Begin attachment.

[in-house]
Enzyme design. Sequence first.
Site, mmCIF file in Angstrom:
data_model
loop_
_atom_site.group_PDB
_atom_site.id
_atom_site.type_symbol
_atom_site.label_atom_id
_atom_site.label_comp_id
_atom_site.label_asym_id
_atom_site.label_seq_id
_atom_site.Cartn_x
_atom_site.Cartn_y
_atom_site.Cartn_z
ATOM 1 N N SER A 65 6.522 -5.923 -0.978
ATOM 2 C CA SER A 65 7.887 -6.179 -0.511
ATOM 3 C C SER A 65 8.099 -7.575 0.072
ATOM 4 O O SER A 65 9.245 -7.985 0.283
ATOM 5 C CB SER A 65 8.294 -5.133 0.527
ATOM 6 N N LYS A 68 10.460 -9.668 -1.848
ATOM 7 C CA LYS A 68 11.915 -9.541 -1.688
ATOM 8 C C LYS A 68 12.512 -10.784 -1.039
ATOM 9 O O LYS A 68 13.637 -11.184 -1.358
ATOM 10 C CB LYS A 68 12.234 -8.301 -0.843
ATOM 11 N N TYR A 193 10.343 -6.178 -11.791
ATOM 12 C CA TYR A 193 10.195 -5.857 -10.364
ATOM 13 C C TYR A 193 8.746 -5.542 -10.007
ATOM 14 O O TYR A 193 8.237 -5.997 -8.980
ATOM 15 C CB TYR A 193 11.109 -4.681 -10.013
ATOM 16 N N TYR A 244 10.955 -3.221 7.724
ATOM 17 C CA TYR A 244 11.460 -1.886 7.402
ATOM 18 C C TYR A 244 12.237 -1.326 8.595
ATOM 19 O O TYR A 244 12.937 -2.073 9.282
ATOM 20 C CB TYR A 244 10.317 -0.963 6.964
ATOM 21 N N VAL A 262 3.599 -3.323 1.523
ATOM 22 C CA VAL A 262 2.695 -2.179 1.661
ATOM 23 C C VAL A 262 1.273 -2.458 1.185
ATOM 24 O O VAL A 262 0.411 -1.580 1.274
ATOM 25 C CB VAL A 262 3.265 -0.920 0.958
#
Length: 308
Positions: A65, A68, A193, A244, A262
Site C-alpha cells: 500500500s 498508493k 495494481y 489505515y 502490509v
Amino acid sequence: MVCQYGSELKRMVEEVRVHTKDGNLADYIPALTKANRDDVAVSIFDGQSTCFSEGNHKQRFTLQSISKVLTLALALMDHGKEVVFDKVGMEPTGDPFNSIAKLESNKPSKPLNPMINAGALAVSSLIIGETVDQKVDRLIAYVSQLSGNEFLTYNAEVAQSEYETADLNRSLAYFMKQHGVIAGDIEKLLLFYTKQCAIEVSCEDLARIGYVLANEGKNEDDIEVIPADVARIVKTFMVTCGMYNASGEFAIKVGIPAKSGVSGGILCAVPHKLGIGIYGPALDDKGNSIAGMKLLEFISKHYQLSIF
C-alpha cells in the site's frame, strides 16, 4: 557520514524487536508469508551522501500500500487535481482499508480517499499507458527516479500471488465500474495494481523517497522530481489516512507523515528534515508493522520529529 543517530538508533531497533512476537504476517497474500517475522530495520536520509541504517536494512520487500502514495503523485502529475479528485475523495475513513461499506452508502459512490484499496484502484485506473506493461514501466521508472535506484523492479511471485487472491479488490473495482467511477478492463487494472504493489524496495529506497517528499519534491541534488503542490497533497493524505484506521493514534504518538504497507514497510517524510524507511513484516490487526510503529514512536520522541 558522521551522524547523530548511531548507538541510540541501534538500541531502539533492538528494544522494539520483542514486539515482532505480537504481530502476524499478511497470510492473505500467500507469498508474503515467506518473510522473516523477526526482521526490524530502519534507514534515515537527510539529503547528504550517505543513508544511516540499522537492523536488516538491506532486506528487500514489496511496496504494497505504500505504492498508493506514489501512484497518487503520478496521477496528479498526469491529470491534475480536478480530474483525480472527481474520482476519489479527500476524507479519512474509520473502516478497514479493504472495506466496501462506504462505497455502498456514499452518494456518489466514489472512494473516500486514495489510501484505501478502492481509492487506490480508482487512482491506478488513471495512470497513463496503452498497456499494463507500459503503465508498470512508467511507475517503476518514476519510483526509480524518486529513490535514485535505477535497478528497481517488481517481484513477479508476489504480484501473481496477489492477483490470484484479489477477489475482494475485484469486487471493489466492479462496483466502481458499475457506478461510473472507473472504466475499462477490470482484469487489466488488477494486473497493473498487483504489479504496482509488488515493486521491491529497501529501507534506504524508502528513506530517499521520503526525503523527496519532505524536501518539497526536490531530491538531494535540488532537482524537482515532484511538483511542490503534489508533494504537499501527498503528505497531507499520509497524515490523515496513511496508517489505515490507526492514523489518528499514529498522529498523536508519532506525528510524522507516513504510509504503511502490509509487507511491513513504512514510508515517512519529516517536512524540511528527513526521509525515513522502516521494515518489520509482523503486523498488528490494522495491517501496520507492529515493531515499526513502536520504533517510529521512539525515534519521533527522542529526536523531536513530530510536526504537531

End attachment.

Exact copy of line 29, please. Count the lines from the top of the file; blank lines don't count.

ATOM 14 O O TYR A 193 8.237 -5.997 -8.980